The owners of the vacant Asiana restaurant in downtown Frederick are in the clear again, as Frederick officials have waived all remaining citations issued for code violations at the property.
City staff inspected the property, at 123 to 125 N. Market St., on Monday and found that the owners had addressed all code violations associated with citations the city issued in March, said Scott Waxter, a city attorney.
Still, the property is not yet safe for occupancy, and other minor code violations remain to be addressed.
Waxter asked Judge Earl W. Bartgis Jr. on Wednesday to dismiss the nine court cases that were still open for nine citations, with fines totaling $9,000. There were originally 10 citations of up to $1,000 each, but the owners already agreed to pay the city $1,000 for one citation.
Bartgis dismissed the cases, stating that it was clear the property owner was going above and beyond the city’s expectations when making repairs to the building.
“It’s absolutely wonderful,” Bartgis said. “Everyone in downtown is going to be very happy.”
Owners Myung and Duk Hee Ro said contractors are still working on the building, with the goal of renting out the bottom floor again for a new restaurant.
Contractors will install a sprinkler system, fire alarms, air conditioning, drywall, electrical work and cosmetic items, such as cabinets, Duk Hee Ro said after Wednesday’s hearing.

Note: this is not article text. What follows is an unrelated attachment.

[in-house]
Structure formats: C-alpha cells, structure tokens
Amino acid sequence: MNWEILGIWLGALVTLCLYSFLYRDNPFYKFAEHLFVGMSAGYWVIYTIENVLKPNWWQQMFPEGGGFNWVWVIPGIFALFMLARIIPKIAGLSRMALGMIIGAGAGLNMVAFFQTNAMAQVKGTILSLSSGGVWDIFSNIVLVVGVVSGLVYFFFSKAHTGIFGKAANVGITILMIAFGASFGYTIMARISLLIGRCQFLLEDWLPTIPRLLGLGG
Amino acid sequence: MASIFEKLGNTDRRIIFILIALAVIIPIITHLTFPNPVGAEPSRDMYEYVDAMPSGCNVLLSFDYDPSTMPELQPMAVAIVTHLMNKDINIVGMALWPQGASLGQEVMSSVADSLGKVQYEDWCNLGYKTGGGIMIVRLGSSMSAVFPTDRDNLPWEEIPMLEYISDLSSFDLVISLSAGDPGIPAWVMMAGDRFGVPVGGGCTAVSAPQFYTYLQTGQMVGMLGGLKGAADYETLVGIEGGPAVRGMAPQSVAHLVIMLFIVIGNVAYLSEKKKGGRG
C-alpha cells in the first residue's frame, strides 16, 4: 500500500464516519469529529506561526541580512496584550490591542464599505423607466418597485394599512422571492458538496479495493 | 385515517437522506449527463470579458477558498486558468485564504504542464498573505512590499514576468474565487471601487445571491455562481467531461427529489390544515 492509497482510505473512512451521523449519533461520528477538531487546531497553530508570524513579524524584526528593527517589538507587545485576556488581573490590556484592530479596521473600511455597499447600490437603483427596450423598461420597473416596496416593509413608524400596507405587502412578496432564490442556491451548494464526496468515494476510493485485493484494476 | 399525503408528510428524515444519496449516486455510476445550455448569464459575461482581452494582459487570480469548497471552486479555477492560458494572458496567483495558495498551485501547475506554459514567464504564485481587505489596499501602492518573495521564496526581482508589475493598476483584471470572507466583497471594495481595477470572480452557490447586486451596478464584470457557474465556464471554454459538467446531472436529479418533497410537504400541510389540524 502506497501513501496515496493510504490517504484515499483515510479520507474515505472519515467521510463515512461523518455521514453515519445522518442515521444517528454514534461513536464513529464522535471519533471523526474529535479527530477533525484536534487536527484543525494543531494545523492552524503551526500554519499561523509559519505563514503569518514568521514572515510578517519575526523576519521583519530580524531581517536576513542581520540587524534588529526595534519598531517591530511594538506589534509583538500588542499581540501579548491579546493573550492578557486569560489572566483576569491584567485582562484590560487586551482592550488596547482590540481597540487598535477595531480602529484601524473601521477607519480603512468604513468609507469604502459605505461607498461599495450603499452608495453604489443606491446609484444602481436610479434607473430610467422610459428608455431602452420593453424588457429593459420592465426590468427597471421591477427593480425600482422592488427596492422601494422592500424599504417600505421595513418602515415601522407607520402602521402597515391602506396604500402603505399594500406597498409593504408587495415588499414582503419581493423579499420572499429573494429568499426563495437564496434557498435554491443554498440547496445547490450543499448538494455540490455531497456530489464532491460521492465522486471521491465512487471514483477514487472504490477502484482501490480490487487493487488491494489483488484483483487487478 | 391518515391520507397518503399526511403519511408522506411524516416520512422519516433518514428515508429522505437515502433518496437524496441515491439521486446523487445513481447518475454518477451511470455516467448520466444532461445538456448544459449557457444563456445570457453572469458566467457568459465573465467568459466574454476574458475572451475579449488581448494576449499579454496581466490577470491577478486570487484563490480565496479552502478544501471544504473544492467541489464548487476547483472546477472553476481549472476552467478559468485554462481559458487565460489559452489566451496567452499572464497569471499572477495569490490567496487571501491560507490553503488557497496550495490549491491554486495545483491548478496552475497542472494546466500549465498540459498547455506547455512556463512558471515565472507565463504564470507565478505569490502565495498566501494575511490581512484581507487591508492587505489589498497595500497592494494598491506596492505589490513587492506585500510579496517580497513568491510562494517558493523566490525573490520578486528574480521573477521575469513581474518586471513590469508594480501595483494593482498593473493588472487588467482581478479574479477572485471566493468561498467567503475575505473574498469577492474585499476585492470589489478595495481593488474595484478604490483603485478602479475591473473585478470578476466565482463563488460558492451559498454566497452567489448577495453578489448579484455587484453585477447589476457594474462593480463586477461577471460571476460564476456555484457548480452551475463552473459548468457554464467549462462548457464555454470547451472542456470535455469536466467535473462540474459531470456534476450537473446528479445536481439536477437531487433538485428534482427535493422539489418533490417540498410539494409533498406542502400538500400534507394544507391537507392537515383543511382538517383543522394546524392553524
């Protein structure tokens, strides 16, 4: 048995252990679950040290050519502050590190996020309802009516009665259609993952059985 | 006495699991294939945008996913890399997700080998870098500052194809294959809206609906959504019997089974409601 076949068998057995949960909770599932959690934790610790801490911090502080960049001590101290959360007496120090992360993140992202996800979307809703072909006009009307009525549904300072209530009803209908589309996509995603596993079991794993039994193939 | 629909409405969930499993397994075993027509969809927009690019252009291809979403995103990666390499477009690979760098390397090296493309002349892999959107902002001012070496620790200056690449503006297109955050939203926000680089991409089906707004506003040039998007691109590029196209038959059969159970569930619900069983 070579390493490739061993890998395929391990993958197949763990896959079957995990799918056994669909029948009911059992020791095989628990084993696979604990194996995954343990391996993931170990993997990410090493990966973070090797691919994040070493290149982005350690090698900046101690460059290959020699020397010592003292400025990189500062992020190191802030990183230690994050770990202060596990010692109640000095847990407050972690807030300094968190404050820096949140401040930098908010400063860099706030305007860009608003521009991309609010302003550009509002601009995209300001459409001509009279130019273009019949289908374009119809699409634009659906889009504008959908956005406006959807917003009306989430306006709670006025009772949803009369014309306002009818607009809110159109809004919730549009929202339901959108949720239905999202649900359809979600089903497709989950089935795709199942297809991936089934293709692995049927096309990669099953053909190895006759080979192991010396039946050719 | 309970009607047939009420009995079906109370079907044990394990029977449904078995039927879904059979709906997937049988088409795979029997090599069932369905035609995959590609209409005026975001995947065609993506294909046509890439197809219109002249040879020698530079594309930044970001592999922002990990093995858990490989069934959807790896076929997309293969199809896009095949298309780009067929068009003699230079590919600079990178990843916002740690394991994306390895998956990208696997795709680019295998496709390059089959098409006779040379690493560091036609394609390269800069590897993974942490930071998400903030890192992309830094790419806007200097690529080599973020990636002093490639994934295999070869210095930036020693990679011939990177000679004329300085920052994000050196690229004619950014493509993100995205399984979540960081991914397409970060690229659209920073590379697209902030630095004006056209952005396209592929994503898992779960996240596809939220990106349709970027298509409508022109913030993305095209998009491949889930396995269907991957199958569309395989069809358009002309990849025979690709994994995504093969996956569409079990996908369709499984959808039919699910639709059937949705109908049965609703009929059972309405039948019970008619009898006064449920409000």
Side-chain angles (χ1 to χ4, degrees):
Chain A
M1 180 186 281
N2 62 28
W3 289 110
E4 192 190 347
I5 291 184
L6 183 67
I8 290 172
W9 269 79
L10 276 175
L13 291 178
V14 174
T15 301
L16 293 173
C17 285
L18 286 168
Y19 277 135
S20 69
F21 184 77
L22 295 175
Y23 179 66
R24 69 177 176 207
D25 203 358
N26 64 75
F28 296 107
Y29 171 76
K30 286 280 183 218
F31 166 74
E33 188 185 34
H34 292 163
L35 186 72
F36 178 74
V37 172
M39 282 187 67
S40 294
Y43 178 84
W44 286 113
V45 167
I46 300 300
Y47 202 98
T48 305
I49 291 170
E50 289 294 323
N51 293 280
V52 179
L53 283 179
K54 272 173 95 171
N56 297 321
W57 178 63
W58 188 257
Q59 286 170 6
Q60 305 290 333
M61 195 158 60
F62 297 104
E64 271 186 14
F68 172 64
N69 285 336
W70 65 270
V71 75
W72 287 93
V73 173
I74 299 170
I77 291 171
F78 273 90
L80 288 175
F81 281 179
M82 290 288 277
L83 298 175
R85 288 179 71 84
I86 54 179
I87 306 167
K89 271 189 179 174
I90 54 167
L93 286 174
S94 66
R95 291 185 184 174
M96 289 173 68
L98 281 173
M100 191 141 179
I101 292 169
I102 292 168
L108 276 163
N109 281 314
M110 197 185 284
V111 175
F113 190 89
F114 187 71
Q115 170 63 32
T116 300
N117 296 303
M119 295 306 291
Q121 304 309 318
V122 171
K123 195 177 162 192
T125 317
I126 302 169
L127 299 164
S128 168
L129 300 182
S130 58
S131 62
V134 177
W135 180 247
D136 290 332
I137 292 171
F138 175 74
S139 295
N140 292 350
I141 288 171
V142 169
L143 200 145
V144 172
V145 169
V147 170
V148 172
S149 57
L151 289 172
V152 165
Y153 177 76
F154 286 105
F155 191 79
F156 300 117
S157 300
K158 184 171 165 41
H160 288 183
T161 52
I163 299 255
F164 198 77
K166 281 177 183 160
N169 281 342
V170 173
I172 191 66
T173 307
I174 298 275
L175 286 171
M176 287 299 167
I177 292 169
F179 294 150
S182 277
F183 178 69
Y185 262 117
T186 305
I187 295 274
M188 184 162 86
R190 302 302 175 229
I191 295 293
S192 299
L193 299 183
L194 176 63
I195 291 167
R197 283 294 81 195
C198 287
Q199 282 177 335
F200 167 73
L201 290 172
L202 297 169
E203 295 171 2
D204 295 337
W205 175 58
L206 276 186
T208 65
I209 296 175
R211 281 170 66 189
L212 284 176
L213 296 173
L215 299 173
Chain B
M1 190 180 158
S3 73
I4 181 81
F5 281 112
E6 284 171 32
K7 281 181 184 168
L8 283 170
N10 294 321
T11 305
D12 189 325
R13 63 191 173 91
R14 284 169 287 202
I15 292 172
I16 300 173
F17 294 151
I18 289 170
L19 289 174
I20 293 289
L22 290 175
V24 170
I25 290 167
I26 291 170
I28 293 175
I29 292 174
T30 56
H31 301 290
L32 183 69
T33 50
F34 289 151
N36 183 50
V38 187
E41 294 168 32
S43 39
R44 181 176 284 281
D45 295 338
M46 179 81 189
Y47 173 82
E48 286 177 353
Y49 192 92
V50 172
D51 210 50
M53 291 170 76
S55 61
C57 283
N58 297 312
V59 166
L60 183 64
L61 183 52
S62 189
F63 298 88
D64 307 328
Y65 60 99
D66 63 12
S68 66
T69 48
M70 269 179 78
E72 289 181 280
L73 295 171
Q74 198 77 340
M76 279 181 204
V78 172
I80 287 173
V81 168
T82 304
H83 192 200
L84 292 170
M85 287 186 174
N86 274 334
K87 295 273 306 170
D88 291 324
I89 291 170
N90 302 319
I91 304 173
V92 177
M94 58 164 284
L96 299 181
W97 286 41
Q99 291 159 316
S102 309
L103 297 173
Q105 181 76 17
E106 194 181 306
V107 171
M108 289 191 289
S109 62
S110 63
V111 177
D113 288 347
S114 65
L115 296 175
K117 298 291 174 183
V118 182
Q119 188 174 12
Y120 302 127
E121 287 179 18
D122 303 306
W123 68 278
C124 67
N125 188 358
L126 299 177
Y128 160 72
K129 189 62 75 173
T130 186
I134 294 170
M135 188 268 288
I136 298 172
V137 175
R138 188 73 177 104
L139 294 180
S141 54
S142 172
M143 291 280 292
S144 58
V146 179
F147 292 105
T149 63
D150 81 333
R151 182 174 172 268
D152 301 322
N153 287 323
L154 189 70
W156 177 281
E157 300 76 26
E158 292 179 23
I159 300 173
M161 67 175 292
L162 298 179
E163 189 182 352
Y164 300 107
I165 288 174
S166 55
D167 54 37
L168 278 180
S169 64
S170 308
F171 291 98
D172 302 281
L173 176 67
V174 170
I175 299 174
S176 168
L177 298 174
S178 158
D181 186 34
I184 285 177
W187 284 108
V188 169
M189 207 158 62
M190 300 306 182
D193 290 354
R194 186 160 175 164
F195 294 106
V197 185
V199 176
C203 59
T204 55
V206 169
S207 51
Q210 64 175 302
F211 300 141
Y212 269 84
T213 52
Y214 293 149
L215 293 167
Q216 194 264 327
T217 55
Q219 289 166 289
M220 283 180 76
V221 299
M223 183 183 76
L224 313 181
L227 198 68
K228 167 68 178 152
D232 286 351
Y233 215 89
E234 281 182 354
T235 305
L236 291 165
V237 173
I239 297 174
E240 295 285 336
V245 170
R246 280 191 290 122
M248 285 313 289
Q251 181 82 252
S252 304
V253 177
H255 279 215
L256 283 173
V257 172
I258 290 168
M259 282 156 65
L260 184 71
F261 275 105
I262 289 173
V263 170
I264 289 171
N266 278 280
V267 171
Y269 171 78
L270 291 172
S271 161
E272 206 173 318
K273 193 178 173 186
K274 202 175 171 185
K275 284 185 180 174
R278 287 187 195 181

Once the work is complete, the Ros will need to have the city inspect the property again to receive a certificate of occupancy before allowing tenants.
One open code violation still exists on the property, for the Asiana sign out front, said Brittany Parks, a city code enforcement officer.
All property owners have 30 days to remove a business’ sign from the property once the business closes, Parks said.
In this case, the restaurant has been closed for at least 12 years. The property was condemned about two years ago.
Parks did not know why the notice of violation had not previously been issued for the sign, she said, but she is trying to get on top of all issues at the property now.
Parks found additional code violations at the property when she did her inspection Monday.
Windows and screens on the front, side and back of the building need to be repaired, she said.
The major structural and safety issues at the building have been addressed, Waxter said.
Bartgis had given the building owners several extensions since March to complete the work. The Ros were first notified of the code violations in October 2013. The violations included that the property was not properly secured or maintained, was unsafe for occupancy and had structural damage, had roof and drainage issues, and that electrical panels were not properly secured, among other issues.
Once all work has been completed, the building could remain empty, as the city does not consider chronic vacancy a code violation, Waxter said.
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